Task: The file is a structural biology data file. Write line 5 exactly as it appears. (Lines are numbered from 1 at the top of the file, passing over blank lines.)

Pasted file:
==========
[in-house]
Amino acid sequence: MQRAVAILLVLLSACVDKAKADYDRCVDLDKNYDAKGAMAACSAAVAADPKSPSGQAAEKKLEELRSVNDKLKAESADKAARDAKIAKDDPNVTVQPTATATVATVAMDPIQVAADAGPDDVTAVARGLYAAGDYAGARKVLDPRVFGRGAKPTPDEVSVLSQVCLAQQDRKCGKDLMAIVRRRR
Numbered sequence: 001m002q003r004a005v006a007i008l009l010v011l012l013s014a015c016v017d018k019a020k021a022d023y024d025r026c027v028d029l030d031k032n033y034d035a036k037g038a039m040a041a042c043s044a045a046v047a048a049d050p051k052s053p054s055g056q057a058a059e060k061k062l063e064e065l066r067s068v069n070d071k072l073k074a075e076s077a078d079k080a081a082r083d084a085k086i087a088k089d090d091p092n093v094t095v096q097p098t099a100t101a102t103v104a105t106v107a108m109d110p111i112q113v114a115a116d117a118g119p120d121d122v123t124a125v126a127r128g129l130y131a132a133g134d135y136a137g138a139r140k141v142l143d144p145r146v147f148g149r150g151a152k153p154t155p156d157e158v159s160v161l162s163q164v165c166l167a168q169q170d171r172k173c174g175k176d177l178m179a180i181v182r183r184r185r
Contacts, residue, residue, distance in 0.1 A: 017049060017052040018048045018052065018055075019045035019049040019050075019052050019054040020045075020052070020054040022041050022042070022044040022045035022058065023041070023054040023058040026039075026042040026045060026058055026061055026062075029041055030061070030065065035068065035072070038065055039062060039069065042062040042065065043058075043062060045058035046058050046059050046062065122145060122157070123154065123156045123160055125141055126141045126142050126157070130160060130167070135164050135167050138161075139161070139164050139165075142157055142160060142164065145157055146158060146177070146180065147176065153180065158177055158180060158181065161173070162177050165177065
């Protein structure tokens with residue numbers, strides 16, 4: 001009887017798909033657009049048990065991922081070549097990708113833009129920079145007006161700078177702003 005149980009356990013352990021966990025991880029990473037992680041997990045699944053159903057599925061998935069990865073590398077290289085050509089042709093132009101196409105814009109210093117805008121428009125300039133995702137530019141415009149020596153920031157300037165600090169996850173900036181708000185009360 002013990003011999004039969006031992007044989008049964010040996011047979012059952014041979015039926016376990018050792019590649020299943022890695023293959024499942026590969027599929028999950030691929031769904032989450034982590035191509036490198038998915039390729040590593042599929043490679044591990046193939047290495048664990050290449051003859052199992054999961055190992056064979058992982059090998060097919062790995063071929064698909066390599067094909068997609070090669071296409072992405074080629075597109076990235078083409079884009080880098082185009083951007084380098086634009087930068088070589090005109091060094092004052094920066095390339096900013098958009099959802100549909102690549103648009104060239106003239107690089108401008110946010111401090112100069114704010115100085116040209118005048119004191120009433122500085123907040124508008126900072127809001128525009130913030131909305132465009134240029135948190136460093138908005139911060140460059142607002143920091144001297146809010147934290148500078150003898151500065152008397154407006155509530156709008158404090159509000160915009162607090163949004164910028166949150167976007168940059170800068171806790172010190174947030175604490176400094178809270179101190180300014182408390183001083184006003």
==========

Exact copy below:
């Protein structure tokens with residue numbers, strides 16, 4: 001009887017798909033657009049048990065991922081070549097990708113833009129920079145007006161700078177702003 005149980009356990013352990021966990025991880029990473037992680041997990045699944053159903057599925061998935069990865073590398077290289085050509089042709093132009101196409105814009109210093117805008121428009125300039133995702137530019141415009149020596153920031157300037165600090169996850173900036181708000185009360 002013990003011999004039969006031992007044989008049964010040996011047979012059952014041979015039926016376990018050792019590649020299943022890695023293959024499942026590969027599929028999950030691929031769904032989450034982590035191509036490198038998915039390729040590593042599929043490679044591990046193939047290495048664990050290449051003859052199992054999961055190992056064979058992982059090998060097919062790995063071929064698909066390599067094909068997609070090669071296409072992405074080629075597109076990235078083409079884009080880098082185009083951007084380098086634009087930068088070589090005109091060094092004052094920066095390339096900013098958009099959802100549909102690549103648009104060239106003239107690089108401008110946010111401090112100069114704010115100085116040209118005048119004191120009433122500085123907040124508008126900072127809001128525009130913030131909305132465009134240029135948190136460093138908005139911060140460059142607002143920091144001297146809010147934290148500078150003898151500065152008397154407006155509530156709008158404090159509000160915009162607090163949004164910028166949150167976007168940059170800068171806790172010190174947030175604490176400094178809270179101190180300014182408390183001083184006003």